The absence of monitoring increases the risk that IC is not using its fleet in the most optimal and judicious way. Our analysis of the fleet information system shows the fleet to be aging and overall mileage on the vehicles to be relatively low.

  • Currently, 53.6% or 195 of the 364 vehicles are over five years old and 8% of the fleet (29 vehicles) is older than 10 years.
  • Seventeen percent (17%) of vehicles traveled less than 5,000 kilometers annually; 28% traveled more than 15,000 kilometers annually; and 15% travelled more the 20,000 kilometers.

Some regions have made efforts to reduce the size of their fleet. The Spectrum, Information Technologies and Telecommunications Sector operations in the Quebec Region reduced its fleet to 19 vehicles from 28 in 2006-07 and the Pacific Region eliminated 4 pooled vehicles in January 2008. Measurement Canada also indicated that during FY 2007-08, it had started the process of rationalizing its fleet. The low mileage on many Departmental vehicles suggests that further reductions may be possible.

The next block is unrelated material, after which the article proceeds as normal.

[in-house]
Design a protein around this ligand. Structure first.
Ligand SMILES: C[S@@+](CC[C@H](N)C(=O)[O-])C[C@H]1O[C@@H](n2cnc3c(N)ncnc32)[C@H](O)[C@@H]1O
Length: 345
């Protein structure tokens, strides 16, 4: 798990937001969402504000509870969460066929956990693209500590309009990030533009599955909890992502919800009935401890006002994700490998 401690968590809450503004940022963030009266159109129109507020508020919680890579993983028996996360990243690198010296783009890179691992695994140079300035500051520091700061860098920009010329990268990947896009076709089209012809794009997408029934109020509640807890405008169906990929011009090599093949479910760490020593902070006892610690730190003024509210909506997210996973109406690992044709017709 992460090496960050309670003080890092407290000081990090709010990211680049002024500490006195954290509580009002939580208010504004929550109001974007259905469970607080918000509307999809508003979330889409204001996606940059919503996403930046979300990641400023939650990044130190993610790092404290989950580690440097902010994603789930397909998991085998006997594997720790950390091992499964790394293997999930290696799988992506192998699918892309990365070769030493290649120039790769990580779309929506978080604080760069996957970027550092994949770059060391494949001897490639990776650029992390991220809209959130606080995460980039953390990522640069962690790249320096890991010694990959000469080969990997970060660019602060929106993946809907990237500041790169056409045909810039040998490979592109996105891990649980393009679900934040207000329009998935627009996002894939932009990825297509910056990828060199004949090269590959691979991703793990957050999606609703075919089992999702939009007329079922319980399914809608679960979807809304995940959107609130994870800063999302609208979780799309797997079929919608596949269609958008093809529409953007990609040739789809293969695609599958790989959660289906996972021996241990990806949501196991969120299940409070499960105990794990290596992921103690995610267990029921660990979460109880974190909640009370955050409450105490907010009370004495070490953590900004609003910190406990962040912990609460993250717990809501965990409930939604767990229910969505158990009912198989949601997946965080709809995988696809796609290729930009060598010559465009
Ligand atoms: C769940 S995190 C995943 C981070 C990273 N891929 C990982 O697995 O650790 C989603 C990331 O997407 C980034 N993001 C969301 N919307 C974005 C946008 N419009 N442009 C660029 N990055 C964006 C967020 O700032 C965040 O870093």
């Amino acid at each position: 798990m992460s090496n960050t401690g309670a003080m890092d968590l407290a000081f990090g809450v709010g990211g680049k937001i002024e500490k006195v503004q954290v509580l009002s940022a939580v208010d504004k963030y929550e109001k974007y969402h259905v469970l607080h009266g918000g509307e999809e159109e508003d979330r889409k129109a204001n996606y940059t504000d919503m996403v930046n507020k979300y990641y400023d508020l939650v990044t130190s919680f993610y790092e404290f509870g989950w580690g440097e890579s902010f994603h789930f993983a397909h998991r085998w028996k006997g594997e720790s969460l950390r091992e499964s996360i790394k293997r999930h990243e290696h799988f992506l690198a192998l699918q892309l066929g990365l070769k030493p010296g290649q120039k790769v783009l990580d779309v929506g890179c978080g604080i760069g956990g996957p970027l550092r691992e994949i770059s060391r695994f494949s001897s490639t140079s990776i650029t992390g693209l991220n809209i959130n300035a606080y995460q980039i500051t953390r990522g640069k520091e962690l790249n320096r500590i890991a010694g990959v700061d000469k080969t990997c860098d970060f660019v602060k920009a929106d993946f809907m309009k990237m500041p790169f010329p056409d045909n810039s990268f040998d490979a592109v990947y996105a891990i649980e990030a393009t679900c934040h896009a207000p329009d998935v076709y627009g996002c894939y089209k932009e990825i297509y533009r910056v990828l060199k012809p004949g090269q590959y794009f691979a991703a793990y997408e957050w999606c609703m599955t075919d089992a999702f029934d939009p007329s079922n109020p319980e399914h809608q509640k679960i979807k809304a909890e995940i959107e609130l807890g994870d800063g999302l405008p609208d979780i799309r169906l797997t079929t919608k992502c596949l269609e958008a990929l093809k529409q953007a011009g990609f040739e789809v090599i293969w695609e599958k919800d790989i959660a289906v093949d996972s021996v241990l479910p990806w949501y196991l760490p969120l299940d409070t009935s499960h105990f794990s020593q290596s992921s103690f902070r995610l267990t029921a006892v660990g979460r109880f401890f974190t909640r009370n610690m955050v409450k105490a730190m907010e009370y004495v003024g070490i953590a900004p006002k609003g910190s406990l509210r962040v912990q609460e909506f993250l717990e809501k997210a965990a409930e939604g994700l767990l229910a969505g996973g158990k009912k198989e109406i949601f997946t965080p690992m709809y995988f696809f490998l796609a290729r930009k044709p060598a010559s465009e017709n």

Some non-compliance with policies and directives was noted:

  • Logbooks contained little detail as to exact destination and purpose of a trip; only the city or town visited is recorded. The logbooks were not regularly reviewed by administrators. In one region, we observed gaps in the recording of mileage between trips;
  • Instances were noted where odometer readings were not recorded in the fleet system; and,